The 'Friday the 13th' reboot just drove a stake through the franchise's future
Each and every time I write about Friday the 13th, I feel compelled to state that I am not a fan of the long-running slasher franchise, which -- in the immortal words of John Carpenter -- "doesn't rise above its cheapness." Nevertheless, the idea that producers might actually try to change up the old formula is a vaguely intriguing one, and in the years since that abhorrent 2009 remake various alternative takes on the 36-year-old series -- from a found-footage approach to David Bruckner's since-abandoned Dazed and Confused-inspired version -- have been flirted with and then dispatched like one of Jason Voorhees' nubile, underdressed victims.
And then yesterday happened. All due respect to Breck Eisner, but as a filmmaker he feels like the safest possible choice to direct the F13 reboot, which really could have done with some fresh blood (pun intended) but will instead be saddled with a workmanlike director who is all but guaranteed to do nothing much interesting with the material. Indeed, Eisner's filmography doesn't inspire confidence for those craving a new take, consisting as it does of one notoriously-underperforming Indiana Jones knockoff (Sahara), an underwhelming remake of George A. Romero's The Crazies and 2015's The Last Witch Hunter, a Vin Diesel action-horror vehicle that didn't exactly garner plaudits from critics or audiences. If nothing else, Eisner's hiring suggests the suits behind the project got a serious case of cold feet after dipping a toe into more experimental waters.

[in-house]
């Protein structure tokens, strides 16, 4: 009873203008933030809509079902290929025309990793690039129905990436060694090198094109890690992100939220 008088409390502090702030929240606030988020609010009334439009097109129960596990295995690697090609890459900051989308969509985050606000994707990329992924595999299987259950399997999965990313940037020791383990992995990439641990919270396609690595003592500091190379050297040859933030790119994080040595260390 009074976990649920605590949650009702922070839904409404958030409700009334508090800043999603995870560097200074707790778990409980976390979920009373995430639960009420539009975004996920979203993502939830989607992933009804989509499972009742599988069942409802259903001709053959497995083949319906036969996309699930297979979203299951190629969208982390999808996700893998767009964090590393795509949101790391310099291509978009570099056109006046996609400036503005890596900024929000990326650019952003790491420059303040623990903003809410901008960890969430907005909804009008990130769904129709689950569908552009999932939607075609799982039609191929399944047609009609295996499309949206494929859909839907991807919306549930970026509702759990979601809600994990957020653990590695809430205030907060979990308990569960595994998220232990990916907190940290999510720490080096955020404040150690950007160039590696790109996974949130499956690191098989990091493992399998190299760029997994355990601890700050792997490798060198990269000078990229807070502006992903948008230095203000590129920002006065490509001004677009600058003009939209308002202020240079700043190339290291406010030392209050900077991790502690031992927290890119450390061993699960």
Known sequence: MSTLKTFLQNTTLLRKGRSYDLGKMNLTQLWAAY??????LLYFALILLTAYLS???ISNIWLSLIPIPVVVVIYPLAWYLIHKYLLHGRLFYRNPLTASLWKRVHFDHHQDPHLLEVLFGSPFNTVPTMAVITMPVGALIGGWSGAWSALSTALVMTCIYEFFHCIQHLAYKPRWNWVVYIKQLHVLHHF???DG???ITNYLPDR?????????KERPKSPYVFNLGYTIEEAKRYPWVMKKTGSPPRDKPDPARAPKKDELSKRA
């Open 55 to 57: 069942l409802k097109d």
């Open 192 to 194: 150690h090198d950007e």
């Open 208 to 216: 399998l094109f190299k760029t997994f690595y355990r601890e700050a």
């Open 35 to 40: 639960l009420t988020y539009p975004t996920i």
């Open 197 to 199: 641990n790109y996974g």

I get that I'm speaking as a non-fan, and I get that current distributor Paramount is leery of alienating the franchise's hardcore devotees, who could potentially revolt if the new film veers too far from the established formula (witness some fans' irritation over changes to Jason's character in the 2009 remake). But I can't help but feel that there's a more interesting angle on the material than we've seen in...well, any of the previous movies, and unfortunately Eisner isn't the director who's going to shake things up.
I don't know why I expected anything different. While I would love, for example, to see a woman direct a Friday the 13th film, particularly given the series' historically misogynistic depictions of female characters, maybe this just isn't the franchise for that kind of reinvention. Among the three iconic '80s slasher franchises -- Halloween, Friday the 13th and A Nightmare on Elm Street -- Friday the 13th has always been the least creatively adventurous, and it may be that it was simply never meant for a New Nightmare or even Halloween: H20-style refresh.
If that's the case, fine by me. As far as I'm concerned, there will be no love lost with a franchise that I wasn't particularly fond of in the first place. But I think the reboot's producers, which include, lamentably, Michael Bay's Platinum Dunes shingle, may live to regret taking an overly-cautious approach to a franchise that started to wear thin decades ago. By refusing to evolve, they run the risk of alienating potential new fans and thusly driving a stake through the heart of their once-unstoppable hockey-masked killer. Not that I'd mind if he went straight to Hell.